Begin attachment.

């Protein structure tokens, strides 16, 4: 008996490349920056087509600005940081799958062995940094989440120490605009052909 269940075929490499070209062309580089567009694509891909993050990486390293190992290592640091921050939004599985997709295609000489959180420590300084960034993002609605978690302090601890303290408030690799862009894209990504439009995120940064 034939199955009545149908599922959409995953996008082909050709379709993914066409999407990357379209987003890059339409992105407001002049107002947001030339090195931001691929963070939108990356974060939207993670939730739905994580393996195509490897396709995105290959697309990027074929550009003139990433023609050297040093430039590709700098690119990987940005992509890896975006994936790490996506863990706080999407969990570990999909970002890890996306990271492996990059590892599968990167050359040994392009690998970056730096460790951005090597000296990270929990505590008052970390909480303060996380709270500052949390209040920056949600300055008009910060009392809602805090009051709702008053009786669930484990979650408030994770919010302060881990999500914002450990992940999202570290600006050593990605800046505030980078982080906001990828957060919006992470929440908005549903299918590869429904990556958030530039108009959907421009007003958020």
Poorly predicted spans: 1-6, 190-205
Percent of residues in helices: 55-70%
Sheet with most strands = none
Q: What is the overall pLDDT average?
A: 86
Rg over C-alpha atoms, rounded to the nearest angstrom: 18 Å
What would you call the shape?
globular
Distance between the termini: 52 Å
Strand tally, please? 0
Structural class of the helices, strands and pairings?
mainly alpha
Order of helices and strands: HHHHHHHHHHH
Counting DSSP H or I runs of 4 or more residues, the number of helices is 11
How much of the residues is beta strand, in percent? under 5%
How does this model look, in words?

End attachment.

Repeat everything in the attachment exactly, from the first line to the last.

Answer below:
């Protein structure tokens, strides 16, 4: 008996490349920056087509600005940081799958062995940094989440120490605009052909 269940075929490499070209062309580089567009694509891909993050990486390293190992290592640091921050939004599985997709295609000489959180420590300084960034993002609605978690302090601890303290408030690799862009894209990504439009995120940064 034939199955009545149908599922959409995953996008082909050709379709993914066409999407990357379209987003890059339409992105407001002049107002947001030339090195931001691929963070939108990356974060939207993670939730739905994580393996195509490897396709995105290959697309990027074929550009003139990433023609050297040093430039590709700098690119990987940005992509890896975006994936790490996506863990706080999407969990570990999909970002890890996306990271492996990059590892599968990167050359040994392009690998970056730096460790951005090597000296990270929990505590008052970390909480303060996380709270500052949390209040920056949600300055008009910060009392809602805090009051709702008053009786669930484990979650408030994770919010302060881990999500914002450990992940999202570290600006050593990605800046505030980078982080906001990828957060919006992470929440908005549903299918590869429904990556958030530039108009959907421009007003958020």
Poorly predicted spans: 1-6, 190-205
Percent of residues in helices: 55-70%
Sheet with most strands = none
Q: What is the overall pLDDT average?
A: 86
Rg over C-alpha atoms, rounded to the nearest angstrom: 18 Å
What would you call the shape?
globular
Distance between the termini: 52 Å
Strand tally, please? 0
Structural class of the helices, strands and pairings?
mainly alpha
Order of helices and strands: HHHHHHHHHHH
Counting DSSP H or I runs of 4 or more residues, the number of helices is 11
How much of the residues is beta strand, in percent? under 5%
How does this model look, in words?